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In 1996, the U.S. Department of State’s Diplomatic Security Service’s (DSS) then-Visa Fraud Investigations Division and the Bureau of Consular Affairs’ (CA) Office of Fraud Prevention Programs initiated a revolutionary experiment. This action combined CA’s fraud detection capabilities with DSS’ criminal investigative acumen by embedding DSS special agents with consular fraud teams. DSS and CA kicked off the project at three of the busiest U.S. diplomatic posts at the time: Kingston, Jamaica; Lagos, Nigeria; and Manila, Philippines.

The process was simple: the CA fraud prevention manager (FPM) forwarded visa and passport fraud cases suspected to have fraudulent or criminal information to a DSS special agent who was co-located with the CA FPM. The DSS special agent, called an assistant regional security officer-investigator (ARSO-I), then investigated the case and initiated a criminal investigation, if warranted. The benefits of this on-the-ground collaboration were immediate, and the quick return on this modest investment was striking.

From these humble beginnings more than two decades ago, the CA-DSS fraud-prevention partnership has grown significantly in sophistication, scope, and impact. After the 9/11 terrorist attacks, this relationship became the department’s most prolific instrument to detect, disrupt, and dismantle terrorist and criminal entities from fraudulently obtaining U.S. travel documents used to carry out global crimes such as human trafficking and smuggling, money laundering, child exploitation, and more. After years of success, DSS determined that, in addition to actively investigating fraud and pursuing its perpetrators, it was vital to aggressively train and liaise with host nation counterparts. Giving host-country partners the tools and support needed to prosecute fraud to the fullest extent possible resulted in tangible successes.

As part of the program’s growth, in addition to DSS special agents, the ARSO-I program today includes criminal fraud investigators (CFIs), highly capable individuals who are former senior prosecutors, judges, and law enforcement and security leaders in their respective countries. CFIs are subject matter experts in local law and capacity building, and provide vital continuity, cultural sophistication, native language skills, and institutional knowledge to each operation. Today, three pillars comprise the ARSO-I program: transnational investigations, liaison, and training. The program has become one of the most expansive and far-reaching networks of global criminal investigators of any law enforcement agency in the U.S. government. With 122 special agents embedded in consular sections at 108 diplomatic posts in 76 countries, the ARSO-I program is a force multiplier on the frontlines protecting the homeland from terrorists and transnational organized crime networks.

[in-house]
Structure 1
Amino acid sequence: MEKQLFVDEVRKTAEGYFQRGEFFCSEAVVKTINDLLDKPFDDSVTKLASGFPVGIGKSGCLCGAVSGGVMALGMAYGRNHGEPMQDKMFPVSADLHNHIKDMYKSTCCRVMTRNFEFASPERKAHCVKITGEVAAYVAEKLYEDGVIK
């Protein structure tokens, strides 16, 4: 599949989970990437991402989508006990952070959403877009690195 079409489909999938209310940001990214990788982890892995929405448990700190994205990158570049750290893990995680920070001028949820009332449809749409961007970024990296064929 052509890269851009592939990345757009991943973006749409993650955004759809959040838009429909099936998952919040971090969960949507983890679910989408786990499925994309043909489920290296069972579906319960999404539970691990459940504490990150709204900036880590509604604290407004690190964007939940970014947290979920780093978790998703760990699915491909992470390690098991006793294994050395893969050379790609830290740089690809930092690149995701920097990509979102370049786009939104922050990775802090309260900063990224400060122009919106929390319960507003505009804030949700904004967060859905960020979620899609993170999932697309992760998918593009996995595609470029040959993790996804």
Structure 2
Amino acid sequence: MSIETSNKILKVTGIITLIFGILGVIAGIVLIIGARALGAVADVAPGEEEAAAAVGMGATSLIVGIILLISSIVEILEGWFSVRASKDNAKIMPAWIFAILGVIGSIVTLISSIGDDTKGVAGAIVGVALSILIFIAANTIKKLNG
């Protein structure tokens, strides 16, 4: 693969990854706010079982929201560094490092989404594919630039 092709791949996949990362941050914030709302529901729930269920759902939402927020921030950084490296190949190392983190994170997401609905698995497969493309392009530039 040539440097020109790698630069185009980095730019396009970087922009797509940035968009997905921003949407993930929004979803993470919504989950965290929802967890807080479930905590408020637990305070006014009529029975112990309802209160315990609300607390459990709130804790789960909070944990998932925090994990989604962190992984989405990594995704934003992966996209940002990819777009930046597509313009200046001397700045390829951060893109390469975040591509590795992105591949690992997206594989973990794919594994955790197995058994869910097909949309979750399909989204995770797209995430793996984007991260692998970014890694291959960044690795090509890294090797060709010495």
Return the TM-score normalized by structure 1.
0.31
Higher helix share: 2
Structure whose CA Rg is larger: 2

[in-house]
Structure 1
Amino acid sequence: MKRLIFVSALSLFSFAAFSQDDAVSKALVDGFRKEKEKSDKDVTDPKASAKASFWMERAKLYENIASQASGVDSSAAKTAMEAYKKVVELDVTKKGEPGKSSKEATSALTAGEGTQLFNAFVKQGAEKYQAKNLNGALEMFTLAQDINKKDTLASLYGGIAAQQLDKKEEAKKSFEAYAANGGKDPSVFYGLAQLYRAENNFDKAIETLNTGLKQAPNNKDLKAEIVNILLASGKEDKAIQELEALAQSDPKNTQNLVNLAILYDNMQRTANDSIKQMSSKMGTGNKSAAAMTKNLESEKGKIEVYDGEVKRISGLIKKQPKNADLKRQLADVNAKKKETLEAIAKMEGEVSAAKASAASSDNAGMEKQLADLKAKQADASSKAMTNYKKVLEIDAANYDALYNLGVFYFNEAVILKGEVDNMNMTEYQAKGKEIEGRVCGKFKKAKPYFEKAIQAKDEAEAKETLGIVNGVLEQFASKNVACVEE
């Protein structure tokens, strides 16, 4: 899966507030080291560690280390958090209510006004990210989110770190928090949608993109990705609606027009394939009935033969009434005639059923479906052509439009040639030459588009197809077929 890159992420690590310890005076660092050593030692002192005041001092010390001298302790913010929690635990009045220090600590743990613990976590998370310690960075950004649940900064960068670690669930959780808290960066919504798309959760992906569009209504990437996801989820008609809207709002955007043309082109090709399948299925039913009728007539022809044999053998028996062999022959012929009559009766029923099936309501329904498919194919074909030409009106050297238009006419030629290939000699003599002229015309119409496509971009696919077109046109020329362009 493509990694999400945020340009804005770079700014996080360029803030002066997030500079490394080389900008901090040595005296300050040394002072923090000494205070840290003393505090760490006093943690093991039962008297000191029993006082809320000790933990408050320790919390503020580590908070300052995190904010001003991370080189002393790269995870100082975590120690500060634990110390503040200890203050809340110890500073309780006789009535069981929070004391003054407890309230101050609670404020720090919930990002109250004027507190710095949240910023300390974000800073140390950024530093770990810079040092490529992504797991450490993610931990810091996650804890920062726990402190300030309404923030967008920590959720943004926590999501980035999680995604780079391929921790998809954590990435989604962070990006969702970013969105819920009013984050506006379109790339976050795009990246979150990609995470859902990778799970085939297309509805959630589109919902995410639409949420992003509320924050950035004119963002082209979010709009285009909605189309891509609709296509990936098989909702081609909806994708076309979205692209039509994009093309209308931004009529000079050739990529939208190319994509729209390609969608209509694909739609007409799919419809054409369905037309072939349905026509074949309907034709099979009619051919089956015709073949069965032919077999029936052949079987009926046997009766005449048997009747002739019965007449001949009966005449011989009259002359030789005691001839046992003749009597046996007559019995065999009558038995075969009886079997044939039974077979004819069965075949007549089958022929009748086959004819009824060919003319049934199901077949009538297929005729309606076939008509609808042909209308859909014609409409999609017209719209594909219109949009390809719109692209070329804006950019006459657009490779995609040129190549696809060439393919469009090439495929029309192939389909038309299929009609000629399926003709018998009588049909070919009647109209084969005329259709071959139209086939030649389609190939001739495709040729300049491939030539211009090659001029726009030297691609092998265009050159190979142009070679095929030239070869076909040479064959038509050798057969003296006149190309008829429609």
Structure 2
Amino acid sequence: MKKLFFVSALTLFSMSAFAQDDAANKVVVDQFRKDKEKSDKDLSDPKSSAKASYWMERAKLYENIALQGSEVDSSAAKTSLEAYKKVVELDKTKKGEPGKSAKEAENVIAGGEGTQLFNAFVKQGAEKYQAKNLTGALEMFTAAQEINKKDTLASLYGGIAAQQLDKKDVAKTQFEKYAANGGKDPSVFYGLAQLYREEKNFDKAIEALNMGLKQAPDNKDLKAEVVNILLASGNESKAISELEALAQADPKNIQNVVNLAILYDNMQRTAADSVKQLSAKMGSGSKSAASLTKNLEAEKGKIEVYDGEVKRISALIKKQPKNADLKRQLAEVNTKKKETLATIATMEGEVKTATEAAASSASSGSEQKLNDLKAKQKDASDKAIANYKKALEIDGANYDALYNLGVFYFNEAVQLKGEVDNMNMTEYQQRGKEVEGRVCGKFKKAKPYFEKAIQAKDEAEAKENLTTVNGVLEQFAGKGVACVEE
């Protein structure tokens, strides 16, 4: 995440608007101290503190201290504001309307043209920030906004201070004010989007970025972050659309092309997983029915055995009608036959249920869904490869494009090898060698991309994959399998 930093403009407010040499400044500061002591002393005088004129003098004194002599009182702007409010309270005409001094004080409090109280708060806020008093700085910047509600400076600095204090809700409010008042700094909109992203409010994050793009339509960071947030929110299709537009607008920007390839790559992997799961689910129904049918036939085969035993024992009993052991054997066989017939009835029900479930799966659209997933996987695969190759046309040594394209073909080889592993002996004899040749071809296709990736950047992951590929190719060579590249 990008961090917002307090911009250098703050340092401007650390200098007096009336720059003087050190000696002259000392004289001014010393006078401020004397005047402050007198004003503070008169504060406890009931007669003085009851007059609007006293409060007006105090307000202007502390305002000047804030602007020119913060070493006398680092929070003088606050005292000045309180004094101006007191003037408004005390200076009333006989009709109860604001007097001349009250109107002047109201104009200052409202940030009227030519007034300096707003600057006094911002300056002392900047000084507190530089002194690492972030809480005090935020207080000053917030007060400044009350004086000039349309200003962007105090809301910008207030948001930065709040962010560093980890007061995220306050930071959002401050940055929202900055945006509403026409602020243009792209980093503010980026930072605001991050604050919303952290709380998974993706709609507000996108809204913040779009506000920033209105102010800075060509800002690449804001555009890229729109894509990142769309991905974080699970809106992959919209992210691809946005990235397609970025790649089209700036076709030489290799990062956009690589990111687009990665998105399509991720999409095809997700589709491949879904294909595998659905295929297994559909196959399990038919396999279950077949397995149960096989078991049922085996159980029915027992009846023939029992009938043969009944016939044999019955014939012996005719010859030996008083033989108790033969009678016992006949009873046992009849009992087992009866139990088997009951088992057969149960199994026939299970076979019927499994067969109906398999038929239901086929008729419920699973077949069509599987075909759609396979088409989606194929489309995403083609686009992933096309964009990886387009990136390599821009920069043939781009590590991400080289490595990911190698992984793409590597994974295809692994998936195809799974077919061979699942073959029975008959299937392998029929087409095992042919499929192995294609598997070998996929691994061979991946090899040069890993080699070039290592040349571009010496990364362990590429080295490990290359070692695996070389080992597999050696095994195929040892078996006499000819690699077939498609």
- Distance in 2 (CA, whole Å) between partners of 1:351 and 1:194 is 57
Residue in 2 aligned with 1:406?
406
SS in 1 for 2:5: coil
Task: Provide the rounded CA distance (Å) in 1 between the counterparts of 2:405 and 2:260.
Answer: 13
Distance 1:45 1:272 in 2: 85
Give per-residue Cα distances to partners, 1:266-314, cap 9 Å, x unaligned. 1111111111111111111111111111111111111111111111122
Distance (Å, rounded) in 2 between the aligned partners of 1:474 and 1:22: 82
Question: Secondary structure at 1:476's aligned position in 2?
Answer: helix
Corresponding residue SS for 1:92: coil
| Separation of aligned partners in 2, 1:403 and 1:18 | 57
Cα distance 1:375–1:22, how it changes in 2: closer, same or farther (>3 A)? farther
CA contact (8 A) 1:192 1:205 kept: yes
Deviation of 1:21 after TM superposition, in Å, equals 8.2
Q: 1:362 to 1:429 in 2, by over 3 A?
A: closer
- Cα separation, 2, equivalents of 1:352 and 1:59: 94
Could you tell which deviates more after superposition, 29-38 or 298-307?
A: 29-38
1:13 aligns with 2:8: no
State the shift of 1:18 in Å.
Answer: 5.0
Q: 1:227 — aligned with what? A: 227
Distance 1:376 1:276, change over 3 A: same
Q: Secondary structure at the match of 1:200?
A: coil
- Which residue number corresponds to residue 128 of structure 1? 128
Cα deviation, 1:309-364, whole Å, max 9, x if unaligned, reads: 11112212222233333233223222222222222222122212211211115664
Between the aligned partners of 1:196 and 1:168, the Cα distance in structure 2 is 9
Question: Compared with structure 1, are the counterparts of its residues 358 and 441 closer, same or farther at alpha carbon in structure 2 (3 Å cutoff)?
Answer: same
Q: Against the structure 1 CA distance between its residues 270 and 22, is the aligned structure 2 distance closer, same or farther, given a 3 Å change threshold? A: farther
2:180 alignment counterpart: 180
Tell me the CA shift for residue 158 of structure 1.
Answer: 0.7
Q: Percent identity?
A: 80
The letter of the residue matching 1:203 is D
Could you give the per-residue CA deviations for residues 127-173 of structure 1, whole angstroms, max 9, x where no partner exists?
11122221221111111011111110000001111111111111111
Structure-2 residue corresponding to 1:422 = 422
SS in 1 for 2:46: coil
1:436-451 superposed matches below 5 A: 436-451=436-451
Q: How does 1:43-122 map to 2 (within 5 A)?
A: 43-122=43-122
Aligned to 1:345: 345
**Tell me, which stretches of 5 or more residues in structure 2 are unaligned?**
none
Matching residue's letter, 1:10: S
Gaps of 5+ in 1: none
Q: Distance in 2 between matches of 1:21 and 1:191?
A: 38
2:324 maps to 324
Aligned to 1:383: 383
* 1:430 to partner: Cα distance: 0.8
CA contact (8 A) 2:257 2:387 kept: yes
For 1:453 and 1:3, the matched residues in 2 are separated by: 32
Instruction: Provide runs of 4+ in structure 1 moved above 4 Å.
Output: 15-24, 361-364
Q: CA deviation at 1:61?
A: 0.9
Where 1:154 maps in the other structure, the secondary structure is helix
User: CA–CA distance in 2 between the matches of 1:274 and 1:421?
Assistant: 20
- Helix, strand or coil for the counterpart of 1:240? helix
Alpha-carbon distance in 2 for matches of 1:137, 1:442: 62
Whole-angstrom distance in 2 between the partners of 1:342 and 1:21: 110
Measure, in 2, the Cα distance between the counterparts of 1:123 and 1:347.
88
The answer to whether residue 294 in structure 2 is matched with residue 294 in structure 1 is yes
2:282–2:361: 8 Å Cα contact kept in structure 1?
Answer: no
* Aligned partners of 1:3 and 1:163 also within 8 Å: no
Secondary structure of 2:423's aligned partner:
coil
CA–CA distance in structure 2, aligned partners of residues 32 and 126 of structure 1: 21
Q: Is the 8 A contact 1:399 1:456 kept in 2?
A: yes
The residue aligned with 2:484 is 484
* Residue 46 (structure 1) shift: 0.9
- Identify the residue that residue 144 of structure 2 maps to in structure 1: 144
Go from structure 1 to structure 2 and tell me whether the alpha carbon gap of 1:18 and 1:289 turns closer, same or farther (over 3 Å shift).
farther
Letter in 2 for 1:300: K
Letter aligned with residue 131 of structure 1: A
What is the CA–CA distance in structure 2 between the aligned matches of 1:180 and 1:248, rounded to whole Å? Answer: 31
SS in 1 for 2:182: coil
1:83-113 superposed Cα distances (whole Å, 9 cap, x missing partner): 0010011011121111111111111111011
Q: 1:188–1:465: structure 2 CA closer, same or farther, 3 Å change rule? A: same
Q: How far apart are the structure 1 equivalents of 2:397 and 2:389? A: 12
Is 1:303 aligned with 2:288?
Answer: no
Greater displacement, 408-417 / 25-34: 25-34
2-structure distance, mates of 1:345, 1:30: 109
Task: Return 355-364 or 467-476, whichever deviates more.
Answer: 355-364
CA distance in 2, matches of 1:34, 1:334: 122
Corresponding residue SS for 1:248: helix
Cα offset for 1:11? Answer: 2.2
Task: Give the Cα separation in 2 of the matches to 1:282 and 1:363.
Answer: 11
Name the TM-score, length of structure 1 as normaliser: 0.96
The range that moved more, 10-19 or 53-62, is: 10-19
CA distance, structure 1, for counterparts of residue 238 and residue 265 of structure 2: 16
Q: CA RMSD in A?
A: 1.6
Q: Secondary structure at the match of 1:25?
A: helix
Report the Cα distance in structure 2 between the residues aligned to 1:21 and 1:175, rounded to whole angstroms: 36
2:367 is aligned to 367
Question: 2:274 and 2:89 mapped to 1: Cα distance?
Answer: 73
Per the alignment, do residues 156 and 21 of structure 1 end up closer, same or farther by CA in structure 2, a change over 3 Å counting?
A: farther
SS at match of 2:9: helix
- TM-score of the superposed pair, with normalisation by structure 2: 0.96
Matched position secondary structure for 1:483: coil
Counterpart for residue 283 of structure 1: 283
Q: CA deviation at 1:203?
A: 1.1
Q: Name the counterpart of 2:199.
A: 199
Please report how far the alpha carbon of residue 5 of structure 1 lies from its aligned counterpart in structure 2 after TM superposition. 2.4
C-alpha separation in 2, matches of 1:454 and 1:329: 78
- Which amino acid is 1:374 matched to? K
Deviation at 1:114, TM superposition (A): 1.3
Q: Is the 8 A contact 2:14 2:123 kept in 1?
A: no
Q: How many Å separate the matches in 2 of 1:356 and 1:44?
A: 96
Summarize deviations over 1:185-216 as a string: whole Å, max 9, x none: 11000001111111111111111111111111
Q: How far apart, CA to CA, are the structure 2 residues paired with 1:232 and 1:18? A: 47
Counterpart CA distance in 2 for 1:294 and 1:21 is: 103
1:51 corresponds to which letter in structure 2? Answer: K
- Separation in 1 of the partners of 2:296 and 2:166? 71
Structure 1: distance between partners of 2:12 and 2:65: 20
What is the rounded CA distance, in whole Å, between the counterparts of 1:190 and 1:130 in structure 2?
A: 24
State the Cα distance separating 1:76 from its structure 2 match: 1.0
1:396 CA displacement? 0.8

The Diplomatic Security Service (DSS) and the Bureau of Consular Affairs (CA) have worked together for decades to successfully identify, disrupt, and dismantle large scale fraudulent document operations that support transnational organized crime networks and their illicit global activities. The Assistant Regional Security Officer-Investigator (ARSO-I) program enhances DSS, CA, and the department’s wider efforts to identify nefarious actors, take down their criminal enterprises, and greatly hinder their ability to gain access to the United States.

The ARSO-I program is a global investigative force with a sustained presence in 76 countries. In addition to working with their consular officers, ARSO-Is have on-the-ground relationships with an extensive network of U.S. and international law enforcement officials, immigration officers, and governments around the world. ARSO-Is root out crime where it originates rather than waiting for it to cross U.S. borders. When transnational crime does occur within the United States, or a U.S. case involves an international suspect or crime, ARSO-Is can quickly leverage their extensive global network to support their U.S. law enforcement partners.